Health disparities often prevent patients from getting the medical help they need, resulting in poor health outcomes and increased costs for health plans.If a minority population is more prone to heart disease, any disparities that act as obstacles to health care will likely result in complex chronic conditions that are preventable but end up costing payers more.
Health plans can take proactive steps to close gaps in care and provide members with the care they need—all while improving their bottom line.
What Are Health Disparities?
Some key health disparities, also known as social determinants of health, are the following:
- Socioeconomic factors
- Race and ethnicity
- Gender, sexual orientation, and identity
- Disability status
- Geographic location
Health disparities are also related to genetics. Many of these disparities are out of a member’s control. They are born into a specific set of circumstances and an environment that will affect their future behavior. In the world of medicine, people need to be given equal access to care regardless of their determinants of health.
Why Do Health Disparities Matter?
Access to quality education, nutritious food, safe housing, culturally sensitive health care professionals, decent health insurance, and even something as seemingly simple as clean water and air can have an influence on health.
Not only do health disparities affect the people with barriers to care—they also limit wider gains in quality of care for the overall population. This leads to unnecessary costs as well. A recent analysis estimated that disparities amount to about $93 billion in excess health care costs and $42 billion in lost productivity each year (not to mention economic losses due to premature deaths).
The U.S. health care system is serving increasingly diverse populations, making it crucial that these health disparities are addressed appropriately.
Where Do Health Disparities Stand Today?
Communities and groups across the country are already working on this issue—but it can always be better. Significant progress has been made so far in shrinking the gap in health outcomes. However, countless findings have shown that various populations are still disproportionately impacted by inequity.
Social determinants of health and health disparities are industry buzzwords, but the fact remains that certain groups are statistically more prone to specific diseases. This seems to be a major reason behind health disparities still. For example, the LGBTQ community is disproportionately affected by AIDS and the African American community is disproportionately affected by heart disease.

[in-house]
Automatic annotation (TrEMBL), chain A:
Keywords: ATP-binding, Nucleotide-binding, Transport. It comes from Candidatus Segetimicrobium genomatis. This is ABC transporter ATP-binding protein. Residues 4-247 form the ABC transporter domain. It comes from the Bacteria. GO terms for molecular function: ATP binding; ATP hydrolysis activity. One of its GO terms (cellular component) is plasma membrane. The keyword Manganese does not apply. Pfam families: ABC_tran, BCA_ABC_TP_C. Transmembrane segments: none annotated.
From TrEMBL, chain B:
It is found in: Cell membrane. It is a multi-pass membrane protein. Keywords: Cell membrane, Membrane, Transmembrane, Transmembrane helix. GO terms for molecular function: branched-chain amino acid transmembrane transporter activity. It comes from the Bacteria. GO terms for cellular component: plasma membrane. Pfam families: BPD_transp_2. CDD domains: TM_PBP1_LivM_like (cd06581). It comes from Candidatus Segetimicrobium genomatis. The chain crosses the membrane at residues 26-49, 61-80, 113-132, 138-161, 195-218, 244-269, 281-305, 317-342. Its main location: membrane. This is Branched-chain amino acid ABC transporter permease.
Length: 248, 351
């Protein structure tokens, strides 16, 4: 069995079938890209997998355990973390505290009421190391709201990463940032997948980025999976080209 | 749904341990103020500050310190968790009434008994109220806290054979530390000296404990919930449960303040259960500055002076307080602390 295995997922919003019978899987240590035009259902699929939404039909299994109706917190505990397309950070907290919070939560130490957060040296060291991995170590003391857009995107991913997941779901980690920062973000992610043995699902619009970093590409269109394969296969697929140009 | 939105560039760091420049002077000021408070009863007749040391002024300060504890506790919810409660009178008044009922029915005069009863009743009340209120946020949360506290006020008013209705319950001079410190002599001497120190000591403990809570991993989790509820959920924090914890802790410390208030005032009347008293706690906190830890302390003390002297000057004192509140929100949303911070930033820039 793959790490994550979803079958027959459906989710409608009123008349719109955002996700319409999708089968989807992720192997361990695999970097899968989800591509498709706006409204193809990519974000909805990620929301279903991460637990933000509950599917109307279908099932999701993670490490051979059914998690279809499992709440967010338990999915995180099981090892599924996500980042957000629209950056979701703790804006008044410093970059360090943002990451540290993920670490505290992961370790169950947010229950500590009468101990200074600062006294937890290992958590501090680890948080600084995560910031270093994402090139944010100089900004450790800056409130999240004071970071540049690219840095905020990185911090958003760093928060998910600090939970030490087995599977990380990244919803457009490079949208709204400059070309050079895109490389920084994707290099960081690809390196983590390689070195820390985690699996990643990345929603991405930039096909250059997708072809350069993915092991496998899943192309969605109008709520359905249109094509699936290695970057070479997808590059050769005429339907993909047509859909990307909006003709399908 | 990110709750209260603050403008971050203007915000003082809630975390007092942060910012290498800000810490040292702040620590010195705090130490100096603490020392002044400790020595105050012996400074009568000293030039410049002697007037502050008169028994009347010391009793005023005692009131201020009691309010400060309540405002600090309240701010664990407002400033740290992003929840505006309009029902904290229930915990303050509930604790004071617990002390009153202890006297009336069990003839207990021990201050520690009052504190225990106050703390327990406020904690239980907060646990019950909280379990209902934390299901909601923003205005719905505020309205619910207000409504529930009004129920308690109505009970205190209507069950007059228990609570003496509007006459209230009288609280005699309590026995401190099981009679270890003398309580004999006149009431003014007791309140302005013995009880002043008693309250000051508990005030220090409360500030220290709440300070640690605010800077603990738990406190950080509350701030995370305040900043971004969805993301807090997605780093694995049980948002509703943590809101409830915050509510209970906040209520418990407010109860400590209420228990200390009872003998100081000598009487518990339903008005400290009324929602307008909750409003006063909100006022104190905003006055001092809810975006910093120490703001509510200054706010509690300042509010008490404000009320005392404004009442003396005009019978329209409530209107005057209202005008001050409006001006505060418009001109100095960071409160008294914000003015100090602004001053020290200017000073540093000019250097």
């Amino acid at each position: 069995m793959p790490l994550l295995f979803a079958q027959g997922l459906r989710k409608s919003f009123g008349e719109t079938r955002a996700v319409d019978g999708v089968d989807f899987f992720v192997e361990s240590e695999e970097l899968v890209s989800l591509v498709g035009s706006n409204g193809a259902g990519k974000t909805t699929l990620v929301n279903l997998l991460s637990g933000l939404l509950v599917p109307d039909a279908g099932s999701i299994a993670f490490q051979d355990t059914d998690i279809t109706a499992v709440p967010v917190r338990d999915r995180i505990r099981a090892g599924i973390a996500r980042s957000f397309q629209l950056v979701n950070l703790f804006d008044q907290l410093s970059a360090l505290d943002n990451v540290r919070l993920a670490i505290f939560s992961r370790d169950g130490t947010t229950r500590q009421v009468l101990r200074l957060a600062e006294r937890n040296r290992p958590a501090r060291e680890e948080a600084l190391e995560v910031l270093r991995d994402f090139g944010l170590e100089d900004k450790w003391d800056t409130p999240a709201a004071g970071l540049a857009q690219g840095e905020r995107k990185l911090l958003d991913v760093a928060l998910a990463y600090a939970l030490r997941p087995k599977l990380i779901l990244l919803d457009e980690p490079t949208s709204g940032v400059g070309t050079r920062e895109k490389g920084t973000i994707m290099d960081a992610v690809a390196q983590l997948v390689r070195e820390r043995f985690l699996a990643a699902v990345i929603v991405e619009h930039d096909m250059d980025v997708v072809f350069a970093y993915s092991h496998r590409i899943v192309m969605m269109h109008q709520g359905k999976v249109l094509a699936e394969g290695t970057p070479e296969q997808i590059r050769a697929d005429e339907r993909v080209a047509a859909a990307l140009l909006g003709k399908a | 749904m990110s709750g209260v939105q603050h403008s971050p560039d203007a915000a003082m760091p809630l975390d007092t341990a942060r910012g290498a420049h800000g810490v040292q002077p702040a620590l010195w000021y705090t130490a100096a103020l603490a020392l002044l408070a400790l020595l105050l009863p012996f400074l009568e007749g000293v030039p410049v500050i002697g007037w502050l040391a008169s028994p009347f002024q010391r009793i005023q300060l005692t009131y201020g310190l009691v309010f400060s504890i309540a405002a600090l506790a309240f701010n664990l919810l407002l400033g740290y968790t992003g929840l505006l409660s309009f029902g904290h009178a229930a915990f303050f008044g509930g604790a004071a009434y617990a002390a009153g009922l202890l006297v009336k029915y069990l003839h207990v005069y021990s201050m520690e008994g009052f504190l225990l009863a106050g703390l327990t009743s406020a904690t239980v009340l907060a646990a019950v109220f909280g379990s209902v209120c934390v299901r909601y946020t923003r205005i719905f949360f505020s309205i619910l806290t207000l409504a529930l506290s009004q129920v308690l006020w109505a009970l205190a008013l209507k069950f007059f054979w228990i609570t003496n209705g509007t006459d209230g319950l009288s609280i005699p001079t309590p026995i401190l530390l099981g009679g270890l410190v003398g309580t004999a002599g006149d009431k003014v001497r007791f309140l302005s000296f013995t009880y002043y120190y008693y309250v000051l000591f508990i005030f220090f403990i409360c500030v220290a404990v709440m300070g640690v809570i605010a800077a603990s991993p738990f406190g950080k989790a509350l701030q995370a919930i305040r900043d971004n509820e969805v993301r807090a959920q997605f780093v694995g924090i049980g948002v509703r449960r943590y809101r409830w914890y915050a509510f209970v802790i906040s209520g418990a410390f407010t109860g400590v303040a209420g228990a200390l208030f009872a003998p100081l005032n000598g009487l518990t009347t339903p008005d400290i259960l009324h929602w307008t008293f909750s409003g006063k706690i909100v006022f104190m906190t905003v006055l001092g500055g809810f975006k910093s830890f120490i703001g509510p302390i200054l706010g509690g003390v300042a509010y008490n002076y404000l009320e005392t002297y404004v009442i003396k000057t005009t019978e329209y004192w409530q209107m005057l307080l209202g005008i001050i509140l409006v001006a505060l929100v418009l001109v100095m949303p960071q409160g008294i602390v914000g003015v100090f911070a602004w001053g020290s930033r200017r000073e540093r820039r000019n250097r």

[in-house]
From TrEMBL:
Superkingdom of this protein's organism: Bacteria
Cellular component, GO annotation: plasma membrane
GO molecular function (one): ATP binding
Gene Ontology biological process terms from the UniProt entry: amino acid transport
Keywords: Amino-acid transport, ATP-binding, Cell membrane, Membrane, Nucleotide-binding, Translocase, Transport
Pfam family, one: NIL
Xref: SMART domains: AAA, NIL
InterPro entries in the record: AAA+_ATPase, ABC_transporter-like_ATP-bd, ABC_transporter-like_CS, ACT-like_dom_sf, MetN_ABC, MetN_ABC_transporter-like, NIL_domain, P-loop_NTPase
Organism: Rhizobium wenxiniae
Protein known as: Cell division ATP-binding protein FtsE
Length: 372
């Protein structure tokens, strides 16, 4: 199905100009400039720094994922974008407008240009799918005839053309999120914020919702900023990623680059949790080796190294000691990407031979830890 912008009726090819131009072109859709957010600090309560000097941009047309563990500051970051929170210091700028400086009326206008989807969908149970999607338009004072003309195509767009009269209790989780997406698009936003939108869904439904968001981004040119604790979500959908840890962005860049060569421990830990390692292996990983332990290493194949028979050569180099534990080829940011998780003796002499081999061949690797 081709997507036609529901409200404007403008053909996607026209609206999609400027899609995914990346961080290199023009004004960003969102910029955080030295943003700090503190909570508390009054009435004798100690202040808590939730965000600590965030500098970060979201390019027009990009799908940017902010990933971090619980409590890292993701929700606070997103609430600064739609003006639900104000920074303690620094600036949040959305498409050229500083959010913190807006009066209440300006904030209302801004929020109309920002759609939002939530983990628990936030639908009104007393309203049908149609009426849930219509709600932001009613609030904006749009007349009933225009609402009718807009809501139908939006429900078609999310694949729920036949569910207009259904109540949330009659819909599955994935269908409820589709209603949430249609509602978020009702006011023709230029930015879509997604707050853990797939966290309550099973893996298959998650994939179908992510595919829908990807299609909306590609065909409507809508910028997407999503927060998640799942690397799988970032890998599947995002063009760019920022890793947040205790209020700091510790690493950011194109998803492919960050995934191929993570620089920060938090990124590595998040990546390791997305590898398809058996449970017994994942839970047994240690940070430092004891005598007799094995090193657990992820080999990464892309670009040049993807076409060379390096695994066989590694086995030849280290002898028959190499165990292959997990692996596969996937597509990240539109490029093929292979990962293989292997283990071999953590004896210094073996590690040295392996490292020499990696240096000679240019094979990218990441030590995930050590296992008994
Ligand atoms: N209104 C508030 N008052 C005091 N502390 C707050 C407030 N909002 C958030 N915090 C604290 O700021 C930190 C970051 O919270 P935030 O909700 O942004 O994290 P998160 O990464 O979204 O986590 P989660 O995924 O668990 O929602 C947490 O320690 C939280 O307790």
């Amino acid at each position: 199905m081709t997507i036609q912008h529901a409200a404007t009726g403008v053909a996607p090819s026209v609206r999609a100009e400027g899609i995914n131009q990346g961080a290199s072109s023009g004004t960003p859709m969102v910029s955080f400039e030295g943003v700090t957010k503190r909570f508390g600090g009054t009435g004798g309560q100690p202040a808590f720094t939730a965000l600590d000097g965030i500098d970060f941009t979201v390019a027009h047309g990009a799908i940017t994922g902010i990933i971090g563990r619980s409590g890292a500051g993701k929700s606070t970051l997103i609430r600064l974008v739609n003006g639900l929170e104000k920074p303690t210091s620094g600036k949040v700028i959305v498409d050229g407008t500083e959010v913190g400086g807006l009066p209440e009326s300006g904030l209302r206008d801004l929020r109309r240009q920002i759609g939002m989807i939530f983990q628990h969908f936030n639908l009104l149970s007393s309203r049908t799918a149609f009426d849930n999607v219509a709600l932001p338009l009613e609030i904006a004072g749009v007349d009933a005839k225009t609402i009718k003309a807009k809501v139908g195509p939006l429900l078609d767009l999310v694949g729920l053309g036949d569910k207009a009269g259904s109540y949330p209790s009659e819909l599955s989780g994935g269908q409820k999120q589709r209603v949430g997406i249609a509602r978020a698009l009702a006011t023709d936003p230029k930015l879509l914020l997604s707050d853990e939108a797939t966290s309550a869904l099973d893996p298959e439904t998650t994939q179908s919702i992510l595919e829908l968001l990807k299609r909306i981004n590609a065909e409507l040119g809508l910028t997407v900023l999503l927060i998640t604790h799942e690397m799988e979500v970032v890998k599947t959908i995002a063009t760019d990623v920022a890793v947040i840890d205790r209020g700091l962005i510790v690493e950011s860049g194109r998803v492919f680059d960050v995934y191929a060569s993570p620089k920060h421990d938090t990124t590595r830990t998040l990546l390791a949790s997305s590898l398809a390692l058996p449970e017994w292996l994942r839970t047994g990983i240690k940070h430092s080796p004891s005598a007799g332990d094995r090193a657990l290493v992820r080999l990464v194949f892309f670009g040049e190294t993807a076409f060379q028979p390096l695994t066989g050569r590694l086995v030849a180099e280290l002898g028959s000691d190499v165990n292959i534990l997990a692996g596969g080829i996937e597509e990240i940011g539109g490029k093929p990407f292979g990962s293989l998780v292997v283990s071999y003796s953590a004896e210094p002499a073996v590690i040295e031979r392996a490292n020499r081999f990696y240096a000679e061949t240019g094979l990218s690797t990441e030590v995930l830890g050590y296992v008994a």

However, compared to research being done for other segments in health care, health inequities need more research. Partnerships need to be developed as organizations work together to solve these segmented problems.
What Can Health Plans Do to Help Solve Health Disparities?
In this digital age, 96 percent of Americans own cell phones, regardless of ethnicity, age, location, or socioeconomic status. Many own mobile devices beyond that, such as tablets. These mobile tools should be used to provide better access to health care to individuals seeking better care.
Engagement apps developed with accessibility in mind can help activate members in their health by giving them control over their care. They can feel connected and empowered to keep track of the things that will impact their own daily lives regardless of their specific condition, background, or treatment strategies set up by doctors.
Applications like these can lead to self-awareness and behavior changes because they offer peer support, health coaching, and health tracking. They also provide helpful resources, learning modules, and human connection and support to help people know they are not alone. This technology aims to keep members healthy by influencing them outside the clinical setting and enables them to self-manage. This is especially beneficial for members with chronic conditions.
Self-management is important in patient care, and now it’s made more practical by technology that enables quick, effortless, and accurate insights.
Effectively recruiting and keeping patients can also be done through the right tool. With Melon Health, for instance, health plans can build member loyalty and retention by providing better access to care.
What’s at Stake if We Don’t Work Together to Solve Health Disparities?
Health disparities lead to people falling through the cracks and in need of further costly medical interventions. This results in reduced ROI and a lower bottom line for health plans as they spend more money on more complex conditions.
Ready to improve member engagement regardless of health disparities? Download our ebook on how to create the right member engagement mobile solution to improve member retention.